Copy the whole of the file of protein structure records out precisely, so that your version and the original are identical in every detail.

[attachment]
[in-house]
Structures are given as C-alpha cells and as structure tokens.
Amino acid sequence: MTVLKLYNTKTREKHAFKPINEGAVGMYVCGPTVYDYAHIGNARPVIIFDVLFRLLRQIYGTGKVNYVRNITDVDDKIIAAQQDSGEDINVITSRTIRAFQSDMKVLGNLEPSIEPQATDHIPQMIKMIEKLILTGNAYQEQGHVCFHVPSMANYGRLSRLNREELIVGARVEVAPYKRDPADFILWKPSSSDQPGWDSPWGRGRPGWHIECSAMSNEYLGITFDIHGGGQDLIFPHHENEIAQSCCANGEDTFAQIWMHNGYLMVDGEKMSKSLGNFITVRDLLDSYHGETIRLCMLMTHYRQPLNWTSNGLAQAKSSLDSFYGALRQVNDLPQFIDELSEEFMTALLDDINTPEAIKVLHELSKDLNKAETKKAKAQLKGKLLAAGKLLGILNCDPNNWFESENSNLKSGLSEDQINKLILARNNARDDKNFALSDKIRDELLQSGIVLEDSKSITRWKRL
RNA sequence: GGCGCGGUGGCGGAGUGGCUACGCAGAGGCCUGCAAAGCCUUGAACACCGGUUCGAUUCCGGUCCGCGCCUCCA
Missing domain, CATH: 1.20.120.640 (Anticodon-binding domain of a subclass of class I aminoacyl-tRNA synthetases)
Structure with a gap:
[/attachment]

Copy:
[in-house]
Structures are given as C-alpha cells and as structure tokens.
Amino acid sequence: MTVLKLYNTKTREKHAFKPINEGAVGMYVCGPTVYDYAHIGNARPVIIFDVLFRLLRQIYGTGKVNYVRNITDVDDKIIAAQQDSGEDINVITSRTIRAFQSDMKVLGNLEPSIEPQATDHIPQMIKMIEKLILTGNAYQEQGHVCFHVPSMANYGRLSRLNREELIVGARVEVAPYKRDPADFILWKPSSSDQPGWDSPWGRGRPGWHIECSAMSNEYLGITFDIHGGGQDLIFPHHENEIAQSCCANGEDTFAQIWMHNGYLMVDGEKMSKSLGNFITVRDLLDSYHGETIRLCMLMTHYRQPLNWTSNGLAQAKSSLDSFYGALRQVNDLPQFIDELSEEFMTALLDDINTPEAIKVLHELSKDLNKAETKKAKAQLKGKLLAAGKLLGILNCDPNNWFESENSNLKSGLSEDQINKLILARNNARDDKNFALSDKIRDELLQSGIVLEDSKSITRWKRL
RNA sequence: GGCGCGGUGGCGGAGUGGCUACGCAGAGGCCUGCAAAGCCUUGAACACCGGUUCGAUUCCGGUCCGCGCCUCCA
Missing domain, CATH: 1.20.120.640 (Anticodon-binding domain of a subclass of class I aminoacyl-tRNA synthetases)
Structure with a gap: